Feralpeg
08-23-2005, 08:59 PM
Well, I guess it is too late for me to start thinking about it, because I already did it. I retired at age 52. I moved from Kansas City to Orlando with my teenage daughter and my sister. My sister (age 55) bought a house at the opposite end of the block from me.

We had both worked for the same IT company for over 30 years. My sister is now a CM working at DTD. I make gift baskets when I'm not taking DD from place to place.

ElizaB39
08-23-2005, 09:36 PM
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Wow! That was SO interesting!! Thanks for sharing.. :) I don't think I've ever heard of a retirement "counselor" before (one that gets into activities and such) - just the financial planner types..

Can you elaborate any further? I don't care HOW long your post is! I think that's just fascinating.. :flower:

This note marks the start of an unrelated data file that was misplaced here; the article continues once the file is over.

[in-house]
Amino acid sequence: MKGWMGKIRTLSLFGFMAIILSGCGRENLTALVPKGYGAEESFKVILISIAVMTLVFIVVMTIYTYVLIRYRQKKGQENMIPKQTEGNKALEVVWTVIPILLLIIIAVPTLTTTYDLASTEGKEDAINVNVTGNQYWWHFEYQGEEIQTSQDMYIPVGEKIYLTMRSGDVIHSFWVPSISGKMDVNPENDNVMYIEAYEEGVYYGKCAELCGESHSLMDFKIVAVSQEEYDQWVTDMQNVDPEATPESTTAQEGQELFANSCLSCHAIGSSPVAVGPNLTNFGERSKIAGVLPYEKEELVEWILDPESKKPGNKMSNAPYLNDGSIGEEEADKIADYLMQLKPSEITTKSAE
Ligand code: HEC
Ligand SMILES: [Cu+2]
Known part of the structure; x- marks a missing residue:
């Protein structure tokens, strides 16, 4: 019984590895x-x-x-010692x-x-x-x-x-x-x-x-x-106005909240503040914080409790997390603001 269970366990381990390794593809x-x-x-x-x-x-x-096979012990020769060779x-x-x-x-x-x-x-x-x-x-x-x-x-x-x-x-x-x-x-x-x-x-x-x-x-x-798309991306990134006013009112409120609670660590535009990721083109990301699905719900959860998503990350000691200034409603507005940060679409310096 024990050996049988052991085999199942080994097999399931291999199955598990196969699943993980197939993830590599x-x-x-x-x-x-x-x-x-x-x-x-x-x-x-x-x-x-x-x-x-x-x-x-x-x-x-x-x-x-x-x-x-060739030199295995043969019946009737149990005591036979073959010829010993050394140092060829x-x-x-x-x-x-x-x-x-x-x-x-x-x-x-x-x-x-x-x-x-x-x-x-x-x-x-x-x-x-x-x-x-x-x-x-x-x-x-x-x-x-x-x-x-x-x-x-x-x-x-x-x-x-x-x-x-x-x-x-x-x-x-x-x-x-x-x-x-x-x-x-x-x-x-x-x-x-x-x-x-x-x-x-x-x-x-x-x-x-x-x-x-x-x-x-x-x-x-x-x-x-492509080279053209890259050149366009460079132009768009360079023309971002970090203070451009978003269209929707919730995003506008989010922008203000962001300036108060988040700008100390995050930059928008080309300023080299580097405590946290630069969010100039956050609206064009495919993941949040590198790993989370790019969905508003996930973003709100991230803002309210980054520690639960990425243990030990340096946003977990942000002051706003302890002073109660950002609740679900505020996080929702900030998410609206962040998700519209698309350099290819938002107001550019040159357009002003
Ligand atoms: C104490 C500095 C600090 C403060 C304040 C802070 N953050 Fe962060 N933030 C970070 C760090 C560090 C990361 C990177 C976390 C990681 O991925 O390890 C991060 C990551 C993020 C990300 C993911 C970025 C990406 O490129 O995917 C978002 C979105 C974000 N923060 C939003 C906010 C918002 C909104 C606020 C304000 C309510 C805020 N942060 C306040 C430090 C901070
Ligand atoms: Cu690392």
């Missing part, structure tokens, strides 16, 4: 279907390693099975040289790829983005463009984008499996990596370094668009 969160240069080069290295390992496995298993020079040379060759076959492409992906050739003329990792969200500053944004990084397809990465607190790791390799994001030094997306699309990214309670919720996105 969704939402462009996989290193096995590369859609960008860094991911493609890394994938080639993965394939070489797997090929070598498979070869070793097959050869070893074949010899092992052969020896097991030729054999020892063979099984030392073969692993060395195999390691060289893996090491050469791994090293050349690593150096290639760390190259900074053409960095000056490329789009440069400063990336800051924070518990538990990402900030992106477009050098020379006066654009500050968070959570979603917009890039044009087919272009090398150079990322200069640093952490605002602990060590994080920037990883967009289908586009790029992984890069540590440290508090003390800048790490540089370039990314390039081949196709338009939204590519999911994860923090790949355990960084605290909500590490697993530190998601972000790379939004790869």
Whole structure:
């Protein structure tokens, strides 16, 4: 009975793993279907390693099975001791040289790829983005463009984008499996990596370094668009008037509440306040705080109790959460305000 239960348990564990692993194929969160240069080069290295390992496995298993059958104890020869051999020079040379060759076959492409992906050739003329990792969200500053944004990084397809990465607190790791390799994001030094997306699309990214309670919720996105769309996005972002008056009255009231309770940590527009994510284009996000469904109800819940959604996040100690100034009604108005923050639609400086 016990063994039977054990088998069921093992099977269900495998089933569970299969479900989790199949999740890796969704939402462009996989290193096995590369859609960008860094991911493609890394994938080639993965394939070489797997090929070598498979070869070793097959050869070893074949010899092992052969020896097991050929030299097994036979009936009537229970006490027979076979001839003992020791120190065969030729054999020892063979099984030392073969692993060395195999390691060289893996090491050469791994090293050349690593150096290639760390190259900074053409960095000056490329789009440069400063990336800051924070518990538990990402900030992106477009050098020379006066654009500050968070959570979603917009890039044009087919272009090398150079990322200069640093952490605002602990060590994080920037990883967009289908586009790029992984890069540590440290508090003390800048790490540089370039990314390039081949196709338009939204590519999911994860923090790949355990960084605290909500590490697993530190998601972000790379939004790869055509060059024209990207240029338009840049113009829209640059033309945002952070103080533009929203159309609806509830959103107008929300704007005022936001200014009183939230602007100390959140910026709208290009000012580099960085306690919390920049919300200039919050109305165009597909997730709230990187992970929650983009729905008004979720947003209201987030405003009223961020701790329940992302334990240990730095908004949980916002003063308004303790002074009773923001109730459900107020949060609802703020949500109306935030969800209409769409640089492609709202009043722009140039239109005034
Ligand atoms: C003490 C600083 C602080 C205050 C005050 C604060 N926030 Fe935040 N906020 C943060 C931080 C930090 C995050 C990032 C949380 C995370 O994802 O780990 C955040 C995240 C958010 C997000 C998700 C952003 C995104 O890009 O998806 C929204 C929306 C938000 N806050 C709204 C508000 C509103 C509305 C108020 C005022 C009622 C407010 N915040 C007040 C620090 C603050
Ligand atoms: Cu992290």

I am not sure what you want me to elaborate on? I'll just go on typing!

The counselor made sure they increased their budget for travel, entertainment and gifts. I couldn't tell you what they DECREASED their budget for since they already owned their home. ha ha They have long term care insurance and dad is a vet so he goes to the local VA Hospital for his meds that are so very reasonable cost wise. They have supplemental health insurance that they pay for themselves. They travel to see us East Coasters at least once if not twice a year depending on whether or not we travel to MN.